What is communication channel and its types?
Communication is the process of sharing information between two or more individuals or groups to reach a common understanding.
What are the four channels of communication?
On the basis of the direction of flow or channels used communication can be of four types: upward, downward, horizontal, and diagonal or lateral.
- Vertical channels (downward and upward):
- Downward (superior-subordinate communication):
Traditionally, it most commonly used method in vertical channels. It represents the flow (initiation) of information from the top-level (superior) to the lower level (subordinate) of the organization. Downward communication can take place through written media (handbooks, manuals, letters, posters, circular, periodicals, notices, etc.), oral media (direct verbal orders, meetings, telephone calls, etc.
- Upward (subordinate-superior communication):
It is an initiated channel and just opposite to downward communication. It encourages employees to participate in decision-making and submit valuable ideas and suggestions. The downward channel is directive in nature whereas upward is non-directive(in request form). The various means used in it are meetings/discussions with seniors, performance reports to seniors, suggestions boxes, employee attitude surveys, grievance procedures, etc.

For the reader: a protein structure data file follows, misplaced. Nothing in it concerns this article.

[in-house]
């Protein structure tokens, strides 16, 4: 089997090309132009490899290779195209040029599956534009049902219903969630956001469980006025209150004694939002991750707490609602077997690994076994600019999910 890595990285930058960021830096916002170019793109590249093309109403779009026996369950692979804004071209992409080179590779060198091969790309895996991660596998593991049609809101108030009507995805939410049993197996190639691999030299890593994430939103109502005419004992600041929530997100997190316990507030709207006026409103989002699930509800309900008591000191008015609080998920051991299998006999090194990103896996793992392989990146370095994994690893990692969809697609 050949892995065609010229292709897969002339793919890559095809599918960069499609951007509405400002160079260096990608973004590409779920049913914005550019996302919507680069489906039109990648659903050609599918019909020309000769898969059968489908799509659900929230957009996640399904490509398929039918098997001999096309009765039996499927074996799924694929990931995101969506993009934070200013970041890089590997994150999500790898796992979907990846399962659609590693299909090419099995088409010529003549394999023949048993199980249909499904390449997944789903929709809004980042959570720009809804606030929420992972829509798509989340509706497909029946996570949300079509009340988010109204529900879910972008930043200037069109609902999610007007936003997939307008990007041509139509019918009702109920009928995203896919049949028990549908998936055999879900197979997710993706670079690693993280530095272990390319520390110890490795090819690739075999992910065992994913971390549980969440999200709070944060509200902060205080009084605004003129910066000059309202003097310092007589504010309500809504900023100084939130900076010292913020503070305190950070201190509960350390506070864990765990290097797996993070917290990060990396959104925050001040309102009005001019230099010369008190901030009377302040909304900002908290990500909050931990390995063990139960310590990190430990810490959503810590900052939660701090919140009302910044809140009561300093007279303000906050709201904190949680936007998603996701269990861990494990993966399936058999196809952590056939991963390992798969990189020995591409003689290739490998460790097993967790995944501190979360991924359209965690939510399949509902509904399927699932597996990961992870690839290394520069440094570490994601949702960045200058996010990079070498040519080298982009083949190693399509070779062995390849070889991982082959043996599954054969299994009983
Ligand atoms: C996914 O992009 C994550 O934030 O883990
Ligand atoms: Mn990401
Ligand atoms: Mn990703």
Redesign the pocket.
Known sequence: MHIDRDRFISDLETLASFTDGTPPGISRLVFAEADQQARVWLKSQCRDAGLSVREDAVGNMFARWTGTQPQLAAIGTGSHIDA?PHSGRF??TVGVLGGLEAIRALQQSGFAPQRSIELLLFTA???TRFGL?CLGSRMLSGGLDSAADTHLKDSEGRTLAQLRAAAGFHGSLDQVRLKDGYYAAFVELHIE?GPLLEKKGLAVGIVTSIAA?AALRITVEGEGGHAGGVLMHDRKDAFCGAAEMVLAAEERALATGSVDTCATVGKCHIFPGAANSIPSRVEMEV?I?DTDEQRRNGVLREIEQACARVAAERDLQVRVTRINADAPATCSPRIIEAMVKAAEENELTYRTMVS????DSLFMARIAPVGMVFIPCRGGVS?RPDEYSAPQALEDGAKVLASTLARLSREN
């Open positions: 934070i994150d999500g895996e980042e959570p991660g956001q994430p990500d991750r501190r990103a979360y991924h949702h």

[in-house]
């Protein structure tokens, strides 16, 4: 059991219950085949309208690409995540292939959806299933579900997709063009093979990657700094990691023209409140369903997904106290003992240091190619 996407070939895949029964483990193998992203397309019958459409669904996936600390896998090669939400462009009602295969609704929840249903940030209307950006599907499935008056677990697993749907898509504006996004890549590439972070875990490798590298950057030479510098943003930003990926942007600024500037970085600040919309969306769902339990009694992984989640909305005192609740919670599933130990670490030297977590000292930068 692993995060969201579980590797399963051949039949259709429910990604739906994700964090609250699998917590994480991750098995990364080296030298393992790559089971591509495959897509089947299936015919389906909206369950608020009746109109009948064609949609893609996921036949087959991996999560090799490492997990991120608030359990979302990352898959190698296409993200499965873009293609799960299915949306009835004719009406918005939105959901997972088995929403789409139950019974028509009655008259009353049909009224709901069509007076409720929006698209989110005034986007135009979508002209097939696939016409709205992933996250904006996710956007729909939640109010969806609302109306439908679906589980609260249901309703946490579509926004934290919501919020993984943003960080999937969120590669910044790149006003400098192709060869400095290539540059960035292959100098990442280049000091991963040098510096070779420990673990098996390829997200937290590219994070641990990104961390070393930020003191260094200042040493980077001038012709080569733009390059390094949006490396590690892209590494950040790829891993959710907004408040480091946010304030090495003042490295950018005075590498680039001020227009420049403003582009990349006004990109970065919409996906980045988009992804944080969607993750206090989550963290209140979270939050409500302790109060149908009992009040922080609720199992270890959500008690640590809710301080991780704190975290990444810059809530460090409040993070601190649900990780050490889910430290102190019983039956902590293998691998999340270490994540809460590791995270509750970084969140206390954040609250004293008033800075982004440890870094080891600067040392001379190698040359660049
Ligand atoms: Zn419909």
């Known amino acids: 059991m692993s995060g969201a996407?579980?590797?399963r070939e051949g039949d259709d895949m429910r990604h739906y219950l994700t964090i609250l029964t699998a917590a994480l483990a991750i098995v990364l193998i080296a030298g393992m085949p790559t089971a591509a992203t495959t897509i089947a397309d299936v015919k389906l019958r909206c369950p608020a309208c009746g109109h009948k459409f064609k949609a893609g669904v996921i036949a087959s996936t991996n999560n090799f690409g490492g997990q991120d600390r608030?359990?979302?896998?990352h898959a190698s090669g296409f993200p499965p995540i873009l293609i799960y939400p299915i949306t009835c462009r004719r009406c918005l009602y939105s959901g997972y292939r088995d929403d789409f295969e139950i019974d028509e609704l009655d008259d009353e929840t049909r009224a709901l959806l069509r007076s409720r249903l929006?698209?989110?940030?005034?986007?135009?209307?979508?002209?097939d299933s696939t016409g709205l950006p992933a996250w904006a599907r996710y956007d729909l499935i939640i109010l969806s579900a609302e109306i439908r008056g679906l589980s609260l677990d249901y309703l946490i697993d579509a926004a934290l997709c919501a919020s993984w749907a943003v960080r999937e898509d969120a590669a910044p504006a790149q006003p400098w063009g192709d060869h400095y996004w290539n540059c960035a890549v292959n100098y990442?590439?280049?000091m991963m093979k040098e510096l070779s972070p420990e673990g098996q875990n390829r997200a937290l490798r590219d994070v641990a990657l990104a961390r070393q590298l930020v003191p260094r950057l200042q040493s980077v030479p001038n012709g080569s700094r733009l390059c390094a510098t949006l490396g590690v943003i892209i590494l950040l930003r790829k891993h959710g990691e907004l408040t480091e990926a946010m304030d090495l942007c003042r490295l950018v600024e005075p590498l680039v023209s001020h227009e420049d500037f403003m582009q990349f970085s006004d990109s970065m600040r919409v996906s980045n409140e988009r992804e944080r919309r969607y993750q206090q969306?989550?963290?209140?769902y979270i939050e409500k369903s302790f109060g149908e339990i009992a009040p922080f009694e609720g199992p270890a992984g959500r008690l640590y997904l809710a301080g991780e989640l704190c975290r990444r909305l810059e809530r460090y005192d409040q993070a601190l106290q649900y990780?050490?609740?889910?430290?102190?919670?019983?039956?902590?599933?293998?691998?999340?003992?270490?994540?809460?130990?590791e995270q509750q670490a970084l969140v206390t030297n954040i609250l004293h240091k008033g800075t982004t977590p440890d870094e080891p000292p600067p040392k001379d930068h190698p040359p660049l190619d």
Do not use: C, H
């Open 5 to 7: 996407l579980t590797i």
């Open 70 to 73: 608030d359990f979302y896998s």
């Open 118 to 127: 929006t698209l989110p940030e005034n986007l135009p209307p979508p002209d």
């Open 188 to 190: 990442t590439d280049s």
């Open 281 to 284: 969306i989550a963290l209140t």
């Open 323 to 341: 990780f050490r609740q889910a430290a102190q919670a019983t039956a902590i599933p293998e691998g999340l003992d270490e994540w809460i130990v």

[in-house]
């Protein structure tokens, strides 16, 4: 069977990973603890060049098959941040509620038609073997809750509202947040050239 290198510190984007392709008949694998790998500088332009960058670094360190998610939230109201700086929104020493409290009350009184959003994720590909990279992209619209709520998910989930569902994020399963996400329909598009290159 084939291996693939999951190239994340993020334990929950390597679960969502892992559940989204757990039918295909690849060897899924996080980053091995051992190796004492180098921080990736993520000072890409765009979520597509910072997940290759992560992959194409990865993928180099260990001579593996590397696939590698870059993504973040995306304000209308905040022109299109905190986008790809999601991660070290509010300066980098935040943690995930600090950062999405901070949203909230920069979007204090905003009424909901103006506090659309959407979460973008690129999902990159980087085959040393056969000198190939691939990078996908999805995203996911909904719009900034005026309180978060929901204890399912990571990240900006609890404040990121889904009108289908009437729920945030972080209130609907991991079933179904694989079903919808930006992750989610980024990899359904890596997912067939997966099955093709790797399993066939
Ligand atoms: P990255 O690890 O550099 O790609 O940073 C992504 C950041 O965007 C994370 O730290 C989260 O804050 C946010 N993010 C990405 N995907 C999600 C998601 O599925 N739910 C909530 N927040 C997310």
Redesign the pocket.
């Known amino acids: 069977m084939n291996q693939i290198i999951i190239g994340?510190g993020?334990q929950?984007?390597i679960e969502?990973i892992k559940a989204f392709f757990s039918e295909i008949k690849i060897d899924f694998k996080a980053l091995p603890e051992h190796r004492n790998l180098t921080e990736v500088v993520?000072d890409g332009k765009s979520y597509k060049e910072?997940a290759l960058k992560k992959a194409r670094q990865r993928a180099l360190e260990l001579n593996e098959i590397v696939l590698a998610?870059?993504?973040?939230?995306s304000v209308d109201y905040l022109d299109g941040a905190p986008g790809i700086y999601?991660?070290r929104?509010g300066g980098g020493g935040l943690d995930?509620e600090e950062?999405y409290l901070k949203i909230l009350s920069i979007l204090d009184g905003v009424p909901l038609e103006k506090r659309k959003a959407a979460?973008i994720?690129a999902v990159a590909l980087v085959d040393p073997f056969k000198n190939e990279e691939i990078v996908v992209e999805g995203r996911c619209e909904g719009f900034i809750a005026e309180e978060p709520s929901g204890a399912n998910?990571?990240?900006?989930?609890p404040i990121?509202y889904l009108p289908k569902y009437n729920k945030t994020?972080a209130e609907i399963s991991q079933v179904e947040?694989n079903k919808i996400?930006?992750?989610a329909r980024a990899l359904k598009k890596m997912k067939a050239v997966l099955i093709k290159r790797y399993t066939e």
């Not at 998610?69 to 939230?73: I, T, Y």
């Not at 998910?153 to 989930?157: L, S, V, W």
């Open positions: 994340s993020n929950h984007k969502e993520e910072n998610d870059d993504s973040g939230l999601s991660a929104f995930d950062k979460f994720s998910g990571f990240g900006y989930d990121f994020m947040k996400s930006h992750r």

- Horizontal (interactive) communication:
This channel communication is also called interactive communication because the basic idea is to share information and bring a higher degree of cooperation. It refers to the transmission of information among positions of the same level. It is more of an informal nature. This channel more urgent when the becomes larger and more it saves time and coordination, and it is neither good nor bad in itself – the way it is used determines positive and negative results. Managers should allow it with sufficient precautions.
The most frequently used means in these types of communication are informal face-to-face conversation, telephone conversation, memos, and notes, etc.
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